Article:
Thyroid conditions have likely been around for hundreds of years, especially those caused by autoimmune disorders such as Hashimoto's or Graves’ disease. The first mention of the treatment of a goiter, or an enlarged thyroid gland, was in 2700 BC when seaweed was used as a medical therapy in common day China!
Hindu texts contain references to goiters in 0300 BC and seaweed was still being used as a treatment in 0040 BC. Seaweed and other sea life such as ground mollusks continued to play a role in the treatment of goiters through 1200 AD by the Greeks, Chinese, and Spaniards. It is likely that since the pronounced bulge in the neck was visible it was the only symptom attributed to the thyroid gland at the time. Other symptoms common with hyperthyroidism and hypothyroidism would not have been linked to the gland during early medical science.
The naming of the gland, the thyroid, did not occur until 1656 by Thomas Wharton; even though by this time the thyroid had been sketched by Leonardo Da Vinci, anatomically described and illustrated, a thyroidectomy had been described, a needle biopsy taken, and the term “cretin” had begun being circulated.
Cretinism is the archaic medical term for untreated hypothyroidism. It eventually morphed to describe individuals with physical deformities and mental challenges. In the beginning, cretinism was associated most commonly with goiters typically due to an iodine deficiency. Eventually, complications of cretinism included constipation (1669) and bulging eyes (1802).
In 1811 iodine was discovered by Bernard Courtois, a French chemist, by burning seaweed with sulfuric acid. The early civilizations with their aquatic remedies were on the right track after all! The resulting vapors from the burning seaweed were not identified and named as iodine until later in 1811 by Gay-Lussac. By 1820 iodine would begin to be used as a goiter treatment.
Iodine treatment first occurred in Switzerland, a region where goiters were quite common, by Jean-François Coindet. Through his study of the use of sea-sponges on the size reduction of goiters and the presence of iodine in the sponges, he decided to try administering small amounts of pure iodine instead of natural products. His treatment had a decent outcome with the goiter either disappearing or getting smaller in most of his patients.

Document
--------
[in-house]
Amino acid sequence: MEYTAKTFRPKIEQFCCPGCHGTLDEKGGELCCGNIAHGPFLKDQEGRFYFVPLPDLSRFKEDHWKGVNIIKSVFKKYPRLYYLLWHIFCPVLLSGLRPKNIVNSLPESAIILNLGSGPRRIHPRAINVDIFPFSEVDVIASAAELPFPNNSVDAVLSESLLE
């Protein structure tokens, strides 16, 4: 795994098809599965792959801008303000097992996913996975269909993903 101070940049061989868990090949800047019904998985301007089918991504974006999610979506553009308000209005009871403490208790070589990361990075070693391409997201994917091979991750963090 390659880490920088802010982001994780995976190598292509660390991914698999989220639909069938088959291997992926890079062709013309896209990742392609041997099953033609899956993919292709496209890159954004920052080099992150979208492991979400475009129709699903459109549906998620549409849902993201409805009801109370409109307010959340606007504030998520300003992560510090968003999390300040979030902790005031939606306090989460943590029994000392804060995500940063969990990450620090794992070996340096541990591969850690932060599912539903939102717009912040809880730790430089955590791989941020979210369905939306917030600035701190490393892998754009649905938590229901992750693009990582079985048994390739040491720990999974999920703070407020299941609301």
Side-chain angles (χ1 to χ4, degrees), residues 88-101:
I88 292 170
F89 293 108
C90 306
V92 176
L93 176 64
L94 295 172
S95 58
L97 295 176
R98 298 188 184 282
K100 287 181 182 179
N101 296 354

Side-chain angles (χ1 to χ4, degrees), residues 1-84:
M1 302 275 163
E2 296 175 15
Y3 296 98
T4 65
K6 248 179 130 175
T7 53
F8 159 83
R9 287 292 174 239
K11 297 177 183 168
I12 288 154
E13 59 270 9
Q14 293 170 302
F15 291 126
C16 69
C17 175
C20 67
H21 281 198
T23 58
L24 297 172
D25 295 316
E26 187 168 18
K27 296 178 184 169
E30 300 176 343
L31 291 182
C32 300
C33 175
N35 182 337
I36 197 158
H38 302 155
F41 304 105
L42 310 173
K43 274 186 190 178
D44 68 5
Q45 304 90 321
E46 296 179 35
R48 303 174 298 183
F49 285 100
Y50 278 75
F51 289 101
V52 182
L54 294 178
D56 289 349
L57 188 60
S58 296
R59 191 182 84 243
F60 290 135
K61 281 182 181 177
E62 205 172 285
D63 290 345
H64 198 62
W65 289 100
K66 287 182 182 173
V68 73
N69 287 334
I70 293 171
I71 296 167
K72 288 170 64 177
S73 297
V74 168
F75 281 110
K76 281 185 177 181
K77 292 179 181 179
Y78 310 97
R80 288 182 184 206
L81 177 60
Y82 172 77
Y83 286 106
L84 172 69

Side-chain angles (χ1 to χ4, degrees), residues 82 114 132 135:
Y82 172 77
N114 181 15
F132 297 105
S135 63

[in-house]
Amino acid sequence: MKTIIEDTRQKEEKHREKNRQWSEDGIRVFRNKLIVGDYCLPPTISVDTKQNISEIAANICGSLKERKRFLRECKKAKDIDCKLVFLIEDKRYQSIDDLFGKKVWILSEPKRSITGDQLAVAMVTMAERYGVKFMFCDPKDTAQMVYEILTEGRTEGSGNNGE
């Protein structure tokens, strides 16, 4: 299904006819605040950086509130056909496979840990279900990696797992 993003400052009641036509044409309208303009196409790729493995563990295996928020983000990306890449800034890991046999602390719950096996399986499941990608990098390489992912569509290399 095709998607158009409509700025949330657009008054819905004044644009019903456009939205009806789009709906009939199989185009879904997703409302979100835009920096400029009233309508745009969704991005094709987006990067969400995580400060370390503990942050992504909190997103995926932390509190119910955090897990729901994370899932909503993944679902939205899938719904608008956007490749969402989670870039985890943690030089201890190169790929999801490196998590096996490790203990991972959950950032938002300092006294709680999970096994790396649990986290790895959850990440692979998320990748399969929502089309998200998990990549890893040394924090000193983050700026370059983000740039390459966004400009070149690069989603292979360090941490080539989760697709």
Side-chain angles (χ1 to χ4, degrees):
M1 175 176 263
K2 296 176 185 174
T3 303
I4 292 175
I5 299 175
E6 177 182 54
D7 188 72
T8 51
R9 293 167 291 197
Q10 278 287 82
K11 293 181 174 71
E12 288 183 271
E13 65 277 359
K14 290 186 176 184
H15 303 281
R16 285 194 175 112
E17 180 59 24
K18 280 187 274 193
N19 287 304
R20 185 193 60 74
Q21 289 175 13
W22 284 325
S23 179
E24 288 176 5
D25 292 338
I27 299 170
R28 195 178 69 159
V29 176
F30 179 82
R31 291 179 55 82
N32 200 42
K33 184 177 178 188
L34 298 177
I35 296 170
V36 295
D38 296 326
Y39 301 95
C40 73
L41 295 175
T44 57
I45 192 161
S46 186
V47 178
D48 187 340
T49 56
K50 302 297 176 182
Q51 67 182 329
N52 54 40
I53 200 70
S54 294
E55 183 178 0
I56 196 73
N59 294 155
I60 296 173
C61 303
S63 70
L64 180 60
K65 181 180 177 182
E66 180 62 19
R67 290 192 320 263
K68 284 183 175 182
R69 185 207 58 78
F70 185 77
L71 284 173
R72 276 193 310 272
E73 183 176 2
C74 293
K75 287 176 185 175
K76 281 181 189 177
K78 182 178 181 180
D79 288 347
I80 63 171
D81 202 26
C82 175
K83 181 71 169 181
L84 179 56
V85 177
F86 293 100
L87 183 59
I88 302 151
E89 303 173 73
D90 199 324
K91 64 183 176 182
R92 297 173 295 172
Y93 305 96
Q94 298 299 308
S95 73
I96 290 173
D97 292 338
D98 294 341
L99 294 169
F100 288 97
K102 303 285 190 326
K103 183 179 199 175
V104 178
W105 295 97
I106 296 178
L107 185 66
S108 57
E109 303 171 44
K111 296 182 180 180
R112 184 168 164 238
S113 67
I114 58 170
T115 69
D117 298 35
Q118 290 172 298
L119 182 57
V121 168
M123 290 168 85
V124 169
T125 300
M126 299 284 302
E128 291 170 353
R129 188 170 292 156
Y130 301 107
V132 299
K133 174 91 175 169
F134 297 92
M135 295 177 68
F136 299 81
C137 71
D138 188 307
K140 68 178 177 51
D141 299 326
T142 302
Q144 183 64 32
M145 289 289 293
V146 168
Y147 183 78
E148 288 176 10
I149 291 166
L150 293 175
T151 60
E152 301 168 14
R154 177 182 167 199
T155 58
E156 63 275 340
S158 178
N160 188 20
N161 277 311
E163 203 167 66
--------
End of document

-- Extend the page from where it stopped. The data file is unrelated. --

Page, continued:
In 1825 iodine was discovered in the salt coming out of mines in the Northern Andes, as a result, iodized salt began being recommended as a preventative measure against endemic goiters. Even today, iodized table salt is a suggested component of a healthy diet.
In 1835 Robert Graves first described the symptoms commonly associated with hyperthyroidism, including a goiter, palpitations, and bulging of the eyes. The term “Graves Disease” would not enter medical journals until 1862. By this point, total thyroidectomies had been being performed on animals for the past five years.
In 1884 a thyroidectomy was performed on a human patient as a treatment for Graves disease and in 1905 radium implantation began being used. In 1910 the term hyperthyroidism was introduced, the use of hypothyroidism dates back to 1850, though the symptoms, causes, and treatments for both diseases were still being investigated and remained quite vague.
By the early 1900s, endocrinology and the body’s glands were being intensely studied. Medical professionals were relentlessly trying to identify hormones and their role in the body and by and in 1914 E.C. Kendall succeeded by isolating thyroxine or T4. In 1917 Thyroxine (from natural sources) would begin to be sold to the public for $350 a gram. Today levothyroxine, a synthetic form of thyroxine, is one of the most widely prescribed medications.
Throughout the 1920s and 1930’s medicinal treatments, x-rays, and iodine were all being used to treat thyroid conditions. Methimazole, perchlorate, and a host of other substances entered the scene in the 1950s as possible treatments for hyperthyroidism. During this time period, T3 was discovered and Hashimoto’s antibodies were witnessed, deepening the medical community's understanding of how the thyroid functions and can be affected by disorders.
Until the late 1950’s large amounts of pig thyroids were being used to derive thyroid hormone replacements and thyroid medications for hypothyroidism sufferers. In 1958 synthetic thyroid medications became available but desiccated or dried natural thyroid remained the medication of choice.
However, by the 1970s natural thyroid medications had largely been replaced by synthetic thyroid substances produced by pharmaceutical companies and were cited as being more reliable and consistent. If thyroid medications were unable to successfully treat the disorder, thyroidectomies or iodine radiation was used, as they still are today.
The thyroid is still being studied and thyroid disorders remain difficult to diagnose and somewhat difficult to treat. They present differently in every patient and similarly, each individual responds differently to treatments and medications.
Medical professionals have come a long way since using burned seaweed, sea sponges, and crushed mollusks but they still have a ways to go before they solve all of the mysteries of this often misunderstood gland.
In today’s high-tech world, the medical community is making great progress towards identifying and treating a root cause of hypothyroidism, and patients can now access high quality care from the comfort of their homes.
Find inspiration for a healthy way to support your thyroid